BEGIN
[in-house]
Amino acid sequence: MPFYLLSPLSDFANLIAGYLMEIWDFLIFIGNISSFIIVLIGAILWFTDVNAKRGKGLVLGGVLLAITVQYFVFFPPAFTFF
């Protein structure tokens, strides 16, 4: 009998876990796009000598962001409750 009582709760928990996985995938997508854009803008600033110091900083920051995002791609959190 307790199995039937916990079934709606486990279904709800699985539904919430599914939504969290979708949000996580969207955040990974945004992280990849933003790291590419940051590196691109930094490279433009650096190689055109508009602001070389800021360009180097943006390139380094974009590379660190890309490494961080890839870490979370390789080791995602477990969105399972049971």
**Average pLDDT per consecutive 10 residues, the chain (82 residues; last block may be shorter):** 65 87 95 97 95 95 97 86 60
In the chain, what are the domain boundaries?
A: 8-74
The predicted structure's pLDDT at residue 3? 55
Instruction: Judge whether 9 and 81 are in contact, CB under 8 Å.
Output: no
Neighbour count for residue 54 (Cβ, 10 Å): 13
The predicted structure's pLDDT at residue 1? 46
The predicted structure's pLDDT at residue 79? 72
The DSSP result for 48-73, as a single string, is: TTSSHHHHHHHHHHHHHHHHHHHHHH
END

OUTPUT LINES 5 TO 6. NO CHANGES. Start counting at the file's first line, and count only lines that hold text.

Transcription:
In the chain, what are the domain boundaries?
A: 8-74